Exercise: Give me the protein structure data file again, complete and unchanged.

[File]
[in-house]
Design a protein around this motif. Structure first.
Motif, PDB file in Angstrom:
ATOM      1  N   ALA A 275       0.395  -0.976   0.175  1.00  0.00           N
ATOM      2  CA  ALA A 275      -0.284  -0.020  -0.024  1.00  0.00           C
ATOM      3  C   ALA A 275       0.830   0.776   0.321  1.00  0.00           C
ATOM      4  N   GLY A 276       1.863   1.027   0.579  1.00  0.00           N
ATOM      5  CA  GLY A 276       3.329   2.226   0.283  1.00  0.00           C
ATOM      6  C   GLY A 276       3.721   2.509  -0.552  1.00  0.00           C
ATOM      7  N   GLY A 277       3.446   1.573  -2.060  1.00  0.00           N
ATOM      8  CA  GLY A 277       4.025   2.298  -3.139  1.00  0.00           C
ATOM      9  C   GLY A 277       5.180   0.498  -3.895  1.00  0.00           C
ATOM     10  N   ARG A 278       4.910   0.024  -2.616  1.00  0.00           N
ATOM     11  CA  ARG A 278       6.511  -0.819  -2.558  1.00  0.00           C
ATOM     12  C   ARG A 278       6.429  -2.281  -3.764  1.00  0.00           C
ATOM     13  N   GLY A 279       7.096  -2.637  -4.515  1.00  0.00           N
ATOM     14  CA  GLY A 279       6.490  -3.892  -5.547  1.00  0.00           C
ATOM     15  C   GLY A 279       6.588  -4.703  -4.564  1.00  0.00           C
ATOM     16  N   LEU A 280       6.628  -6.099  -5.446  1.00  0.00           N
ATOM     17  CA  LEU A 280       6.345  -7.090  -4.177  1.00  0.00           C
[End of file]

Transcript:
[in-house]
Design a protein around this motif. Structure first.
Motif, PDB file in Angstrom:
ATOM      1  N   ALA A 275       0.395  -0.976   0.175  1.00  0.00           N
ATOM      2  CA  ALA A 275      -0.284  -0.020  -0.024  1.00  0.00           C
ATOM      3  C   ALA A 275       0.830   0.776   0.321  1.00  0.00           C
ATOM      4  N   GLY A 276       1.863   1.027   0.579  1.00  0.00           N
ATOM      5  CA  GLY A 276       3.329   2.226   0.283  1.00  0.00           C
ATOM      6  C   GLY A 276       3.721   2.509  -0.552  1.00  0.00           C
ATOM      7  N   GLY A 277       3.446   1.573  -2.060  1.00  0.00           N
ATOM      8  CA  GLY A 277       4.025   2.298  -3.139  1.00  0.00           C
ATOM      9  C   GLY A 277       5.180   0.498  -3.895  1.00  0.00           C
ATOM     10  N   ARG A 278       4.910   0.024  -2.616  1.00  0.00           N
ATOM     11  CA  ARG A 278       6.511  -0.819  -2.558  1.00  0.00           C
ATOM     12  C   ARG A 278       6.429  -2.281  -3.764  1.00  0.00           C
ATOM     13  N   GLY A 279       7.096  -2.637  -4.515  1.00  0.00           N
ATOM     14  CA  GLY A 279       6.490  -3.892  -5.547  1.00  0.00           C
ATOM     15  C   GLY A 279       6.588  -4.703  -4.564  1.00  0.00           C
ATOM     16  N   LEU A 280       6.628  -6.099  -5.446  1.00  0.00           N
ATOM     17  CA  LEU A 280       6.345  -7.090  -4.177  1.00  0.00           C